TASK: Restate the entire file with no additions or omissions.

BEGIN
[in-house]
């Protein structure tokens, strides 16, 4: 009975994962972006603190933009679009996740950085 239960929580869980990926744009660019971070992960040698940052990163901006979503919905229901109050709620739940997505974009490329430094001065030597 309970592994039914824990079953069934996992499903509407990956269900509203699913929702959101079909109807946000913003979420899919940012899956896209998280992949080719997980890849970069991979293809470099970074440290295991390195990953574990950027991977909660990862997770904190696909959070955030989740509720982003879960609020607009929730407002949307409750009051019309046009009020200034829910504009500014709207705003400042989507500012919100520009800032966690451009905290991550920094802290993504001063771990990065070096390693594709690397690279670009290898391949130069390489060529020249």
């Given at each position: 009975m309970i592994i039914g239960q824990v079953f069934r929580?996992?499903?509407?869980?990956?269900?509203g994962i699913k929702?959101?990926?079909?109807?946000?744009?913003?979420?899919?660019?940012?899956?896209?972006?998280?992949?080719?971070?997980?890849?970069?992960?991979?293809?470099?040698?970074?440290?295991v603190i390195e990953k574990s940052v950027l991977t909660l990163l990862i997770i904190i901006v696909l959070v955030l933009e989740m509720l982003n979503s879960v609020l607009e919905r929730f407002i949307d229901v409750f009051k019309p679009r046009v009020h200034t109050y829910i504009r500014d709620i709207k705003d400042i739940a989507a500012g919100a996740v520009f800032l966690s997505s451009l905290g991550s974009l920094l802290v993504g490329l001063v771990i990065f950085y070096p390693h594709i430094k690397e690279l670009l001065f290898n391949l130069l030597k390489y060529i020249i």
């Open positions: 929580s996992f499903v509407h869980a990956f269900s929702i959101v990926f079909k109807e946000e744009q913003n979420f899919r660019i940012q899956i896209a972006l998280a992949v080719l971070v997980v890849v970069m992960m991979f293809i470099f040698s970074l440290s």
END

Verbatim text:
[in-house]
């Protein structure tokens, strides 16, 4: 009975994962972006603190933009679009996740950085 239960929580869980990926744009660019971070992960040698940052990163901006979503919905229901109050709620739940997505974009490329430094001065030597 309970592994039914824990079953069934996992499903509407990956269900509203699913929702959101079909109807946000913003979420899919940012899956896209998280992949080719997980890849970069991979293809470099970074440290295991390195990953574990950027991977909660990862997770904190696909959070955030989740509720982003879960609020607009929730407002949307409750009051019309046009009020200034829910504009500014709207705003400042989507500012919100520009800032966690451009905290991550920094802290993504001063771990990065070096390693594709690397690279670009290898391949130069390489060529020249």
């Given at each position: 009975m309970i592994i039914g239960q824990v079953f069934r929580?996992?499903?509407?869980?990956?269900?509203g994962i699913k929702?959101?990926?079909?109807?946000?744009?913003?979420?899919?660019?940012?899956?896209?972006?998280?992949?080719?971070?997980?890849?970069?992960?991979?293809?470099?040698?970074?440290?295991v603190i390195e990953k574990s940052v950027l991977t909660l990163l990862i997770i904190i901006v696909l959070v955030l933009e989740m509720l982003n979503s879960v609020l607009e919905r929730f407002i949307d229901v409750f009051k019309p679009r046009v009020h200034t109050y829910i504009r500014d709620i709207k705003d400042i739940a989507a500012g919100a996740v520009f800032l966690s997505s451009l905290g991550s974009l920094l802290v993504g490329l001063v771990i990065f950085y070096p390693h594709i430094k690397e690279l670009l001065f290898n391949l130069l030597k390489y060529i020249i």
């Open positions: 929580s996992f499903v509407h869980a990956f269900s929702i959101v990926f079909k109807e946000e744009q913003n979420f899919r660019i940012q899956i896209a972006l998280a992949v080719l971070v997980v890849v970069m992960m991979f293809i470099f040698s970074l440290s």